Economy & Business

The use and abuse of models

25 January, 2022

"There are lies, damned lies and statistics"; there are also models, damned models and lies. Sophisticated mathematical models are widely used and can be of enormous help, but not communicating their limitations properly only benefits deniers and sceptics.

By Lee Faulkner

There are several variations of the famous quote about the use and abuse of statistics, and it seems somewhat uncertain as to who said it and why; my favourite is that "statistics don't lie but liars use statistics". A set of accurate and verifiable statistics can often be used, or spun, to back up points of view that appear completely contradictory. That isn't the fault of the statistics - it's the fault of the people who use and/or abuse them. And it's not just politicians who are guilty - many companies mislead us by quoting the bits of a set of statistics that make them look good and leaving out the bits that don't.

In this regard, mathematical models and statistics are the same - they are both useful and prone to wanton misinterpretation and abuse. There is an extra dimension with models though - understanding and communicating their limitations - and climate change models are a classic illustration of this. A lack of understanding about what a model can and can't do, and an inability to communicate these limitations clearly, can seriously weaken a proponent's argument. In the case of climate change, it is unwittingly giving deniers the ammunition they shouldn't be getting.

What is a mathematical model?
Mathematical models, as opposed to the "catwalk" variety, probably sound more boring than algebra, the lifecycle of the nematode and a two-hour speech from Xi Jinping put together and believe me they are (I'm an actuary - I'm allowed to say that). But it's not the model itself but what you do with it that counts (heard that line before anyone?). Models are embedded in pretty much every part of life today, from projecting the path of Covid-19 outbreaks to the solvency of insurance companies to climate change.

In its rawest form a model is a set of inputs and outputs. The inputs are assumptions about the future behaviour of certain things, for example the level of interest rates that central banks might set, or the amounts of CO2 dumped into the atmosphere each year. The outputs are ranges of possible outcomes if the assumptions were to be borne out in reality, for example this bank might go bust, or that planet might suffer catastrophic flooding. A model also needs a "black box", that is a set of interdependent equations that processes the inputs into outputs (I can see you nodding off already, but bear with me).

An assumption is exactly what it says on the tin - you assume something, but you can't know for sure whether your assumption will be right or even close. Assumptions are nothing more than educated guesses, but that doesn't mean they're worthless - focus on the "educated" part of the definition not the "guess" part.

An epidemiologist modelling the possible outcomes of a Covid-19 variant outbreak makes assumptions based on previous variant outbreaks, how humans and the viruses behaved, what has changed in the interim, and what new facts we have to hand now. After time has moved on and we have more recent, and perhaps more relevant data, we update our guesses. That is what actuaries do when we analyse the solvency of banks and insurance companies - we look at what happened before, what the data shows about how things have changed, and then update our guesses. And that's what climate change scientists do - they make educated guesses and update them when more information comes in.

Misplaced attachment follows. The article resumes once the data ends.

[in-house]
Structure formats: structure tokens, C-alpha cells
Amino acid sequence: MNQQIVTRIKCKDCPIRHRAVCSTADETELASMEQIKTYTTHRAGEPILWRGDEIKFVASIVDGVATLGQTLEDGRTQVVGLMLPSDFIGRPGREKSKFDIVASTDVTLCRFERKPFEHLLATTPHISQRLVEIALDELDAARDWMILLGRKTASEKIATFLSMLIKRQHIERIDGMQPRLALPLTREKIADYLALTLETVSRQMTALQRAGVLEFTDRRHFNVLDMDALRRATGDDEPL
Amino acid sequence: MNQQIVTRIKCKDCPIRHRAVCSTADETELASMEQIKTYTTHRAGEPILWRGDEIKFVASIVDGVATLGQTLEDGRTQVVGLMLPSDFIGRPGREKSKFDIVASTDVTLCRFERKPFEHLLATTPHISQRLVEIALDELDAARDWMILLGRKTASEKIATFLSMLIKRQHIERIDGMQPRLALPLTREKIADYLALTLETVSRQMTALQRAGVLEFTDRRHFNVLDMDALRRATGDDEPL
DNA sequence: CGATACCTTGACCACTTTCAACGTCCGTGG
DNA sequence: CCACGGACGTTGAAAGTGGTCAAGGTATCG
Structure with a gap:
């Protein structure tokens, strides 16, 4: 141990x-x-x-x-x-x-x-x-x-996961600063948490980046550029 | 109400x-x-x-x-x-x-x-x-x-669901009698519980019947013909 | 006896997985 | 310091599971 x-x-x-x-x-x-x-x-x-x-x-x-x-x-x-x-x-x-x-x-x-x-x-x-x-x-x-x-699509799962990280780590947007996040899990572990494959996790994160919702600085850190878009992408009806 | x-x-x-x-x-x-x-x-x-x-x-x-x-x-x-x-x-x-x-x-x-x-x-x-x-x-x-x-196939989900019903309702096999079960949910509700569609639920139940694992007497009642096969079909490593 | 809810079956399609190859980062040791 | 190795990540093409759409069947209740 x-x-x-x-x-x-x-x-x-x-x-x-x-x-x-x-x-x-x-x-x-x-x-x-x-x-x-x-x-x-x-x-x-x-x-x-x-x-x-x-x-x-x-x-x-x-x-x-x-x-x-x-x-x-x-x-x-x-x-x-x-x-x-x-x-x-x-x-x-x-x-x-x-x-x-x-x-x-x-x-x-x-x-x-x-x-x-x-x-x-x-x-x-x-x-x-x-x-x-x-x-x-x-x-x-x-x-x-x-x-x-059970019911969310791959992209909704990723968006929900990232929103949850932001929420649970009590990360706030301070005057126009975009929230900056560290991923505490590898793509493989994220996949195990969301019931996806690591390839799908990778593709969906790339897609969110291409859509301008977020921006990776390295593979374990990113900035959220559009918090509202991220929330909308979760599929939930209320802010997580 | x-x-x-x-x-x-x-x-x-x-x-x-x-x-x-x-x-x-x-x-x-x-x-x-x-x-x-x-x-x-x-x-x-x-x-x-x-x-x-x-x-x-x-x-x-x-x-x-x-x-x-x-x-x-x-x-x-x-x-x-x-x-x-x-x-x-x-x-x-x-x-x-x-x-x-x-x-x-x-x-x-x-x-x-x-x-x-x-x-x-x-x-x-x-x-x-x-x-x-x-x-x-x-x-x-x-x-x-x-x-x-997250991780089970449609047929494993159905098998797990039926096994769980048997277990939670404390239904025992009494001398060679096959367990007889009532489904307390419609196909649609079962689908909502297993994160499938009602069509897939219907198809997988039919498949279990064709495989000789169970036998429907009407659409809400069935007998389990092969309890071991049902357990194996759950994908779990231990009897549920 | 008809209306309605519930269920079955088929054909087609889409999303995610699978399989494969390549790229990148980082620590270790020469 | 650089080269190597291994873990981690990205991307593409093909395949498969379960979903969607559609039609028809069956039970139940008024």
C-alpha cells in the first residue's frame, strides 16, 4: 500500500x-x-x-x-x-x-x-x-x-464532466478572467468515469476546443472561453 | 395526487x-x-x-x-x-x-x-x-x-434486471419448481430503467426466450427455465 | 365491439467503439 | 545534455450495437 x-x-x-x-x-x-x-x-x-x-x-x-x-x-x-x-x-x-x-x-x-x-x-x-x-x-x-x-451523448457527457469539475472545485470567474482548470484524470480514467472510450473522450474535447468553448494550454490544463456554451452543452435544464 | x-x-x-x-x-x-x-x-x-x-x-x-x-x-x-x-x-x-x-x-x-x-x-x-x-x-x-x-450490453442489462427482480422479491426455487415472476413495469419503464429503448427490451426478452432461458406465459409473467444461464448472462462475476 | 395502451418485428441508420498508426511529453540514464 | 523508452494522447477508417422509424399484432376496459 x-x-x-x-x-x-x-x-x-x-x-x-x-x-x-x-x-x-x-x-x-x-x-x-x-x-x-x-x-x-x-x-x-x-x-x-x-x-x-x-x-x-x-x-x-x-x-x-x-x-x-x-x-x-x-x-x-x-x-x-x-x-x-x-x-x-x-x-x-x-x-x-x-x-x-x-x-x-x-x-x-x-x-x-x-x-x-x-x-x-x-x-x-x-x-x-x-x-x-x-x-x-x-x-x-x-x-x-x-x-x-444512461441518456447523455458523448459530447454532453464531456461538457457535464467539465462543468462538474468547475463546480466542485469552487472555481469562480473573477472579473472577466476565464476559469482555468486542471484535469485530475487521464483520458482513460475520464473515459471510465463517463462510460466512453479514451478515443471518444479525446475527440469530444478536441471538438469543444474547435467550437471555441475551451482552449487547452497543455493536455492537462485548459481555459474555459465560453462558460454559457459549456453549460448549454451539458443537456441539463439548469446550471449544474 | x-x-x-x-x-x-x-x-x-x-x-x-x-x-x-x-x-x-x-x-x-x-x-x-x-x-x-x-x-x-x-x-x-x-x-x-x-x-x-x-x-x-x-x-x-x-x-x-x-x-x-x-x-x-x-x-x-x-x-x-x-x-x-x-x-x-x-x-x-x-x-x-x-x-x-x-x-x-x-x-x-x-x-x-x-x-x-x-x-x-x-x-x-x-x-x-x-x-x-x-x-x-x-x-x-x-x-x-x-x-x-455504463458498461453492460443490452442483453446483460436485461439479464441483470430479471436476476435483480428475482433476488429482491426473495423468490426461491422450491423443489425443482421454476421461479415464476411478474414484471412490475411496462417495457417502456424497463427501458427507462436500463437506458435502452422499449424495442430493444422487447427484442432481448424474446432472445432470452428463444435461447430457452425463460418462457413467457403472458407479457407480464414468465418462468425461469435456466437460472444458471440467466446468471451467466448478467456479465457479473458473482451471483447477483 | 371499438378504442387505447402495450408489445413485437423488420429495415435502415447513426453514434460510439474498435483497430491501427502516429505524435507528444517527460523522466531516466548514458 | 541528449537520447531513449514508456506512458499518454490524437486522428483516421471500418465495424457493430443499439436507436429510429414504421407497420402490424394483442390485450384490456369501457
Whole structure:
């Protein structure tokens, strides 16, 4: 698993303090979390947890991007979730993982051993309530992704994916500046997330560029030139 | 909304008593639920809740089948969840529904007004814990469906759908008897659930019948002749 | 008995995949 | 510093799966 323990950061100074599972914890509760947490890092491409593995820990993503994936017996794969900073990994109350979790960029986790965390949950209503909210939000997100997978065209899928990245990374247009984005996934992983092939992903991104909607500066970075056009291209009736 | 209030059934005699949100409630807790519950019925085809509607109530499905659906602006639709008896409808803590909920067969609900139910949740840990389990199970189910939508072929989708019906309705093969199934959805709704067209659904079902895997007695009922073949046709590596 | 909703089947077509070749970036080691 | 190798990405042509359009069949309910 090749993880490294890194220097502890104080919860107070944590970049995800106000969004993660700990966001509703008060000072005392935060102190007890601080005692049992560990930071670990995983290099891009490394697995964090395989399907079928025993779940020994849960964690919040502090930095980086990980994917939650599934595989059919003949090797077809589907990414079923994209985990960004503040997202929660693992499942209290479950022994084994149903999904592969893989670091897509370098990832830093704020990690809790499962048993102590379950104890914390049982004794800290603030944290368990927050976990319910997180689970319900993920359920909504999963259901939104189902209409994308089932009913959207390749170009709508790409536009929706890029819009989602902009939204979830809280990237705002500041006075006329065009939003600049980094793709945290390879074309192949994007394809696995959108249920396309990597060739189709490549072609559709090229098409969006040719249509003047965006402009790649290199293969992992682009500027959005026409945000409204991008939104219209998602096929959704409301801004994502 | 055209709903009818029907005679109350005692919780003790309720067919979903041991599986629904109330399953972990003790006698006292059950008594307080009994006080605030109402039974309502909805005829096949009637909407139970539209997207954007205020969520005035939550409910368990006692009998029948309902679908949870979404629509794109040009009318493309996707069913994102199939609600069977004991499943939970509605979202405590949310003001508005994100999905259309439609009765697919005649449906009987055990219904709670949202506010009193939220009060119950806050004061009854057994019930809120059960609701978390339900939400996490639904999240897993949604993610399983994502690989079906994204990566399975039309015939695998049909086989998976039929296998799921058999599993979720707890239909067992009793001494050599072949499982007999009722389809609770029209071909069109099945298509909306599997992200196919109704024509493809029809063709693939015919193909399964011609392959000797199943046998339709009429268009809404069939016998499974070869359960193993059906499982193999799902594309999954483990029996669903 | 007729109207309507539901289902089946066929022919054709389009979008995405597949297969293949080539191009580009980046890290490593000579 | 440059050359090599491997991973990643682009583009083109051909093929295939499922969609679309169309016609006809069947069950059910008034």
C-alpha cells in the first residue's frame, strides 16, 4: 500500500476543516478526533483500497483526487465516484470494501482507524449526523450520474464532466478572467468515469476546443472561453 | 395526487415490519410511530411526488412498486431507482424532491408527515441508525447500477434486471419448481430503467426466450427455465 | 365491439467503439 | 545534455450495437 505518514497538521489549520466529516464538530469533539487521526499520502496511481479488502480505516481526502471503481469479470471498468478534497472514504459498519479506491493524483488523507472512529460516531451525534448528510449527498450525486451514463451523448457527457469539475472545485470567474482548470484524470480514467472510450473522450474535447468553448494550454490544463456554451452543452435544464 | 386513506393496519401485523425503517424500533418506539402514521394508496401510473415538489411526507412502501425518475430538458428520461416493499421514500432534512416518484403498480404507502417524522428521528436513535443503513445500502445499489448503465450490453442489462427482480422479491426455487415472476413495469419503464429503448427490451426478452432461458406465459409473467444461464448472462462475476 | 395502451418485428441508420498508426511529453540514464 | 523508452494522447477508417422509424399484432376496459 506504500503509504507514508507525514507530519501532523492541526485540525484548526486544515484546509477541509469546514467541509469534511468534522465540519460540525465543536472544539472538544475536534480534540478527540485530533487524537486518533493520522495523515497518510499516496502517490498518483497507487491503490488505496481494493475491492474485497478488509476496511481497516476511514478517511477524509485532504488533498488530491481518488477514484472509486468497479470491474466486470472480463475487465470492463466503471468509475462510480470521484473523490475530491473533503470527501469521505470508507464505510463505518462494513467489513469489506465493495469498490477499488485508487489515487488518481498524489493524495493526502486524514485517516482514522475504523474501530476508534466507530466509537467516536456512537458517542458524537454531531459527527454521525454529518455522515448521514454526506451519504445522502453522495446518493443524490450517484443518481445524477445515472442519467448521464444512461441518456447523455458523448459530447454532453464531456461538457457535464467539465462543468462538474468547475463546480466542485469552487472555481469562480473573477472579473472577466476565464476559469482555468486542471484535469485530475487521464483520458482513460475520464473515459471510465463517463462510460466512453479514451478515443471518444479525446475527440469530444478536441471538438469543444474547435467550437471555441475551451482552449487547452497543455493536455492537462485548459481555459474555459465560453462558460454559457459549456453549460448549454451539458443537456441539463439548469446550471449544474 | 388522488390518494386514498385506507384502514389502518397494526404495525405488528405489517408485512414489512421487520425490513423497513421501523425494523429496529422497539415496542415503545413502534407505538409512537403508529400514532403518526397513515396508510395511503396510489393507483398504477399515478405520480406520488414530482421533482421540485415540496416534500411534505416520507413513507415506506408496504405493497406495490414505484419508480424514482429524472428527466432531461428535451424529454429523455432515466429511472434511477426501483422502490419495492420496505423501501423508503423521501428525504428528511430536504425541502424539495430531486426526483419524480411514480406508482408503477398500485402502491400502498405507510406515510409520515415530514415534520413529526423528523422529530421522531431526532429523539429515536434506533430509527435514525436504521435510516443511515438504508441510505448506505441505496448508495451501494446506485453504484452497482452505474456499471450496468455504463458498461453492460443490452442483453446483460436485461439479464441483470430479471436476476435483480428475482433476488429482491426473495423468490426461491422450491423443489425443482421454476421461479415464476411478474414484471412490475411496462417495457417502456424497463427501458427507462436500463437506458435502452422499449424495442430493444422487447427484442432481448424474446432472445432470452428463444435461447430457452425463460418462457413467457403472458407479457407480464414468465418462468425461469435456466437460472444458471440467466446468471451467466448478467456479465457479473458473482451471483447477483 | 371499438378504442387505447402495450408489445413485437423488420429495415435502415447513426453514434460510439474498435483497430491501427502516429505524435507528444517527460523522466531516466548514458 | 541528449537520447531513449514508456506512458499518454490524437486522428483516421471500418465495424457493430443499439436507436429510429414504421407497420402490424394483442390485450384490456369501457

A denier might say: "Ah, it's all guesswork then - I suspected as much! Your so-called model is pure invention and even less credible than I thought!". The smart retort is to ask if they realise how ubiquitous the making of assumptions is in their everyday lives. Are they prepared for their savings to be lost because we can't make assumptions to model a bank's solvency? Or for there not to be enough school places because we can't make assumptions about fertility rates?

Outputs - ranges
The outputs, arrived at after the assumptions have bred with the black box, are projections of ranges of possible outcomes - they are not point estimates. Nor are they predictions - they are projections, and I'm not playing with semantics here. The word "prediction" implies a much greater level of certainty that is both inappropriate and unwarranted; for example, if I say "I predict that the weather in 2050 will be hotter" I am making it sound much more probable than if I said the more nuanced "the central point of a range of a set of projections shows that the planet will be hotter".

Outputs are then grouped to arrive at the probabilities of certain outcomes happening; for example, "based on our assumptions and model we project the planet will be hotter with a probability of 95%". With banks and insurance companies we say that they are 99.5% likely to remain solvent even if a 1-in-200-year catastrophe were to occur.

The key point to note is that the outcomes are ranges, not point estimates, and they have likelihoods attached. This is why I despair when I see statements like "the climate will be 1.5˚C hotter if we don't do this, that and the other" i.e., completely inappropriate precision with no probabilities mentioned at all.

It is also important to grasp what we actuaries call "the funnel of doubt" - the farther away in time you go the wider the range of possible outcomes. For example, if the central banks were to raise interest rates today, we can be fairly confident of what might happen next year - the range of probable outcomes will be quite narrow - but in ten years' time? All bets are off, and the range is very wide. Climate models are very long-term projections indeed, so are fraught with funnel doubt.